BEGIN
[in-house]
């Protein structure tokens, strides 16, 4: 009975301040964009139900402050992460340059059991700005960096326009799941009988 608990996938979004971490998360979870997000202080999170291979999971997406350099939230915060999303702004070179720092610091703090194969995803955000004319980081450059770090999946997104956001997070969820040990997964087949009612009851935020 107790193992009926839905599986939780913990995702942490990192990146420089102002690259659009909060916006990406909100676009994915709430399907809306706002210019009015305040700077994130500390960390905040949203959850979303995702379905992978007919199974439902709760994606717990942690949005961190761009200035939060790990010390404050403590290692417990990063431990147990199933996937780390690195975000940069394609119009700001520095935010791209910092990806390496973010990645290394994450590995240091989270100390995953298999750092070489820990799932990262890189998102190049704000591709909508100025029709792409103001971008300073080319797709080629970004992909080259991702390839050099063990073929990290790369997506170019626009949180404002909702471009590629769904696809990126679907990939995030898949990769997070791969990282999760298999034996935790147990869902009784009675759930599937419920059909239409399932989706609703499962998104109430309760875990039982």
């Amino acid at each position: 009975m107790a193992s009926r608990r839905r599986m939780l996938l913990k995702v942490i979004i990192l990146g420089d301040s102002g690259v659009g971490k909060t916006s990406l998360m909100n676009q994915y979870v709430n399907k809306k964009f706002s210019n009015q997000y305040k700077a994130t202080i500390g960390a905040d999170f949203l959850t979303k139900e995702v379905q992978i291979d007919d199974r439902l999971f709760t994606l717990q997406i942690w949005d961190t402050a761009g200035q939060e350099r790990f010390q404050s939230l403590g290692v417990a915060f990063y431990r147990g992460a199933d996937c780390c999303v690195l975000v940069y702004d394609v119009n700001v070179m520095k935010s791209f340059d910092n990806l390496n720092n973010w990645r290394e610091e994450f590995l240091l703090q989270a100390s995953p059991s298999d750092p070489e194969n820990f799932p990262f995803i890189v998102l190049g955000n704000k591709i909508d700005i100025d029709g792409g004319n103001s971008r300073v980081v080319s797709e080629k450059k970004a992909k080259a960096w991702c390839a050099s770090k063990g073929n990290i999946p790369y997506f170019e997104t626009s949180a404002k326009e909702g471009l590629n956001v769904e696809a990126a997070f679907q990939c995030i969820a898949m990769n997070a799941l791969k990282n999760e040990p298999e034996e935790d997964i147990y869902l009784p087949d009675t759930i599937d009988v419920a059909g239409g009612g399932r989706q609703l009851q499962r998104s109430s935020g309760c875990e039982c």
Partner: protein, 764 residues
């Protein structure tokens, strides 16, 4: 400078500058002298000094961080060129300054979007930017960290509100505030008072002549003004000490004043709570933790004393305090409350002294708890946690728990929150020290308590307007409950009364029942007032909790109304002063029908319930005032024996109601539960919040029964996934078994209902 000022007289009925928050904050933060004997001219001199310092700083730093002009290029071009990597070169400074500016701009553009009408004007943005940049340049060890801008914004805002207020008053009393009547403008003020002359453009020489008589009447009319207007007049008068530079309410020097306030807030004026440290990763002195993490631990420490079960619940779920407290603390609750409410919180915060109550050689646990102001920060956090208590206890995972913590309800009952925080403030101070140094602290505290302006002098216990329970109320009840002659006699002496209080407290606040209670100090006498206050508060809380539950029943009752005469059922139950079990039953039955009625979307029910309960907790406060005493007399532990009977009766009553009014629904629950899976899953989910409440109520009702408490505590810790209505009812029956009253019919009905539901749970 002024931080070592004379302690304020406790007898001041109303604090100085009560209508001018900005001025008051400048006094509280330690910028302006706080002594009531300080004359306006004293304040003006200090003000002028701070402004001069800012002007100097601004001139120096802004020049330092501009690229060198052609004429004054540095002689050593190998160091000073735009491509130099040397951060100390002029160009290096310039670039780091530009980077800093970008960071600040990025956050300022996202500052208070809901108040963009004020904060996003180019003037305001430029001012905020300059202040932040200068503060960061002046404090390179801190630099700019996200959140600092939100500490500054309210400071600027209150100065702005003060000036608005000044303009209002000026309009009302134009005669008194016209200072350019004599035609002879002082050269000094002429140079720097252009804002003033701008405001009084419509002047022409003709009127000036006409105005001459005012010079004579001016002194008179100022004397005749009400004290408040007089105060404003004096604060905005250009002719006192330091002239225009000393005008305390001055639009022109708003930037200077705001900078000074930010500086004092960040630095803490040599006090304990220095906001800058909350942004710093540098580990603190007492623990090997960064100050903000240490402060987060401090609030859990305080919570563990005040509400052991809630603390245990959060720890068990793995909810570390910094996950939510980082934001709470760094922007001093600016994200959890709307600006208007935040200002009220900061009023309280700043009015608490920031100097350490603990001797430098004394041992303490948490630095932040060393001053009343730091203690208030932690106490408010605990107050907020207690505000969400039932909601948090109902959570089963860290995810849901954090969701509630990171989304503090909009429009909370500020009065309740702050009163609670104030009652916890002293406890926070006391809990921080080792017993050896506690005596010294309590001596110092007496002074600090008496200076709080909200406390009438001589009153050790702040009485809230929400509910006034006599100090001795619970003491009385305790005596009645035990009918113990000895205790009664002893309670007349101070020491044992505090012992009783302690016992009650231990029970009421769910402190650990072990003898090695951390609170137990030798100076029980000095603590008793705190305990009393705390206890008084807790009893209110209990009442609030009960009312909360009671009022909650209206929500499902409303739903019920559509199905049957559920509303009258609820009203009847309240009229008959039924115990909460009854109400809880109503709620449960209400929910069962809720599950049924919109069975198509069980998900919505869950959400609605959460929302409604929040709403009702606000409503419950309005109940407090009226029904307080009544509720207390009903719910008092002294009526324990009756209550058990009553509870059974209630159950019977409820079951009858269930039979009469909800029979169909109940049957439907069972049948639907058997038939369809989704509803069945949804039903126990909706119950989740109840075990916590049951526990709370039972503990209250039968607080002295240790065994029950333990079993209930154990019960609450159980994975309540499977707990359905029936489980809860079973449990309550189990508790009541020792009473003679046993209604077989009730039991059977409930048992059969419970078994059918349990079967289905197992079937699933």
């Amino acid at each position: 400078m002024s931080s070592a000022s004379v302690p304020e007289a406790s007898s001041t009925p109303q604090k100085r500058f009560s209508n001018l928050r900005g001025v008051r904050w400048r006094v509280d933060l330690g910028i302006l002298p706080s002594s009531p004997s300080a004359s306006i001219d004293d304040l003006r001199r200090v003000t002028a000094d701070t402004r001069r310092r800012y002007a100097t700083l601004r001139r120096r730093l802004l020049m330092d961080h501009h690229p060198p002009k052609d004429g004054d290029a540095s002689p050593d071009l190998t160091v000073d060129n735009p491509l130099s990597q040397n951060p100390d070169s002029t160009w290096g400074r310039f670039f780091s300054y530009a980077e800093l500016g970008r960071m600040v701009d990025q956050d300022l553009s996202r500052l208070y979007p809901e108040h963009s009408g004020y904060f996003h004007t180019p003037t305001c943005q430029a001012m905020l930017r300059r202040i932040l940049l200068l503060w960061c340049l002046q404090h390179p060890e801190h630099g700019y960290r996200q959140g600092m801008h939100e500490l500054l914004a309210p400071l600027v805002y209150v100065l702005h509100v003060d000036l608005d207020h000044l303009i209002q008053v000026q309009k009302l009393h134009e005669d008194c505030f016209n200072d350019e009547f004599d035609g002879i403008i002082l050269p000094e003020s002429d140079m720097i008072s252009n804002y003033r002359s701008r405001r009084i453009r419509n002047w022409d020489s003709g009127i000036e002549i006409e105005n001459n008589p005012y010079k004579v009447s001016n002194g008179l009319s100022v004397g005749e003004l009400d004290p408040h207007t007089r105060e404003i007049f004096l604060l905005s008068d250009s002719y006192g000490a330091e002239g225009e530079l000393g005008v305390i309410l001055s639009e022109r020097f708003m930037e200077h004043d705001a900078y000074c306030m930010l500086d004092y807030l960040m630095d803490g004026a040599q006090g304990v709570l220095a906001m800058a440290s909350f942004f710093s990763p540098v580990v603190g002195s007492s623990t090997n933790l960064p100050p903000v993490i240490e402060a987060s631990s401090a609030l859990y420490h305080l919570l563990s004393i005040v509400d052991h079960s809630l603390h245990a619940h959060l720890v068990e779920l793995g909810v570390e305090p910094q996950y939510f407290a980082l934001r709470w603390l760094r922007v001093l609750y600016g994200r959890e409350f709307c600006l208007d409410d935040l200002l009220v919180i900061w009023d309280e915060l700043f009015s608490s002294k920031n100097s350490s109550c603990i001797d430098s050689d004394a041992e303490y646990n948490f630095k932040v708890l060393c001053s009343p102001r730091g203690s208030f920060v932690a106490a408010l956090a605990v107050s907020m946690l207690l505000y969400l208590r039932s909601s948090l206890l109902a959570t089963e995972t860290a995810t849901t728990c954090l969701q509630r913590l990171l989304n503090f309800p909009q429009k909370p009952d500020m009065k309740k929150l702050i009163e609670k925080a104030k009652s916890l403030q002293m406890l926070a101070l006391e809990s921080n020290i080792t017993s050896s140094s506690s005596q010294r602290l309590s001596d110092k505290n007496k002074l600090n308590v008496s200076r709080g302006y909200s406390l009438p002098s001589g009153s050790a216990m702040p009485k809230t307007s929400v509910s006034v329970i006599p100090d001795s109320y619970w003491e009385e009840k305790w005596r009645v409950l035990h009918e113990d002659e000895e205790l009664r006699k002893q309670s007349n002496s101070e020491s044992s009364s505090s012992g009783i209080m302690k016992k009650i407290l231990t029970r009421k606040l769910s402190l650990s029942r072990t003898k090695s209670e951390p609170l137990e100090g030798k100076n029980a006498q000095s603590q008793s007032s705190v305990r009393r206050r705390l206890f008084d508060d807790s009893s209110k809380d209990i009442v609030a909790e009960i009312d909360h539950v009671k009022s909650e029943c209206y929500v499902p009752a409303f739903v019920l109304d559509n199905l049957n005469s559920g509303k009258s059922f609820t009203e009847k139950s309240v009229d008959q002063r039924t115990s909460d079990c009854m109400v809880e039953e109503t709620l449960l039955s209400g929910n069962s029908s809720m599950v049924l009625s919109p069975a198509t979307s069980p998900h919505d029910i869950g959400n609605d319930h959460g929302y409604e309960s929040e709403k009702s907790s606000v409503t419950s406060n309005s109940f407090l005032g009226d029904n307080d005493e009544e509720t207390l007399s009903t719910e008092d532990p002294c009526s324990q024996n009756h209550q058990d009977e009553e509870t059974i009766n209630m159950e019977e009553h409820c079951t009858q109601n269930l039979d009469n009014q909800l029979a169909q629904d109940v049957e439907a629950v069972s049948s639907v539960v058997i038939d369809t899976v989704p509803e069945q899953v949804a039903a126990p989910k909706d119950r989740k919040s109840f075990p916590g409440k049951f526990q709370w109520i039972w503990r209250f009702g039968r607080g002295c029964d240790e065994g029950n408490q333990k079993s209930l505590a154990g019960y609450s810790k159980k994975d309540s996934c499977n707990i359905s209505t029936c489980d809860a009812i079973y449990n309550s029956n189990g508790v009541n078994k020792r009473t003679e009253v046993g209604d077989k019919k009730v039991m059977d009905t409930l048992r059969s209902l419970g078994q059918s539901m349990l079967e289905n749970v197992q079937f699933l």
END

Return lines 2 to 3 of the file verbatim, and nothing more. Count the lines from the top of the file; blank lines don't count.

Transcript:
């Protein structure tokens, strides 16, 4: 009975301040964009139900402050992460340059059991700005960096326009799941009988 608990996938979004971490998360979870997000202080999170291979999971997406350099939230915060999303702004070179720092610091703090194969995803955000004319980081450059770090999946997104956001997070969820040990997964087949009612009851935020 107790193992009926839905599986939780913990995702942490990192990146420089102002690259659009909060916006990406909100676009994915709430399907809306706002210019009015305040700077994130500390960390905040949203959850979303995702379905992978007919199974439902709760994606717990942690949005961190761009200035939060790990010390404050403590290692417990990063431990147990199933996937780390690195975000940069394609119009700001520095935010791209910092990806390496973010990645290394994450590995240091989270100390995953298999750092070489820990799932990262890189998102190049704000591709909508100025029709792409103001971008300073080319797709080629970004992909080259991702390839050099063990073929990290790369997506170019626009949180404002909702471009590629769904696809990126679907990939995030898949990769997070791969990282999760298999034996935790147990869902009784009675759930599937419920059909239409399932989706609703499962998104109430309760875990039982």
């Amino acid at each position: 009975m107790a193992s009926r608990r839905r599986m939780l996938l913990k995702v942490i979004i990192l990146g420089d301040s102002g690259v659009g971490k909060t916006s990406l998360m909100n676009q994915y979870v709430n399907k809306k964009f706002s210019n009015q997000y305040k700077a994130t202080i500390g960390a905040d999170f949203l959850t979303k139900e995702v379905q992978i291979d007919d199974r439902l999971f709760t994606l717990q997406i942690w949005d961190t402050a761009g200035q939060e350099r790990f010390q404050s939230l403590g290692v417990a915060f990063y431990r147990g992460a199933d996937c780390c999303v690195l975000v940069y702004d394609v119009n700001v070179m520095k935010s791209f340059d910092n990806l390496n720092n973010w990645r290394e610091e994450f590995l240091l703090q989270a100390s995953p059991s298999d750092p070489e194969n820990f799932p990262f995803i890189v998102l190049g955000n704000k591709i909508d700005i100025d029709g792409g004319n103001s971008r300073v980081v080319s797709e080629k450059k970004a992909k080259a960096w991702c390839a050099s770090k063990g073929n990290i999946p790369y997506f170019e997104t626009s949180a404002k326009e909702g471009l590629n956001v769904e696809a990126a997070f679907q990939c995030i969820a898949m990769n997070a799941l791969k990282n999760e040990p298999e034996e935790d997964i147990y869902l009784p087949d009675t759930i599937d009988v419920a059909g239409g009612g399932r989706q609703l009851q499962r998104s109430s935020g309760c875990e039982c």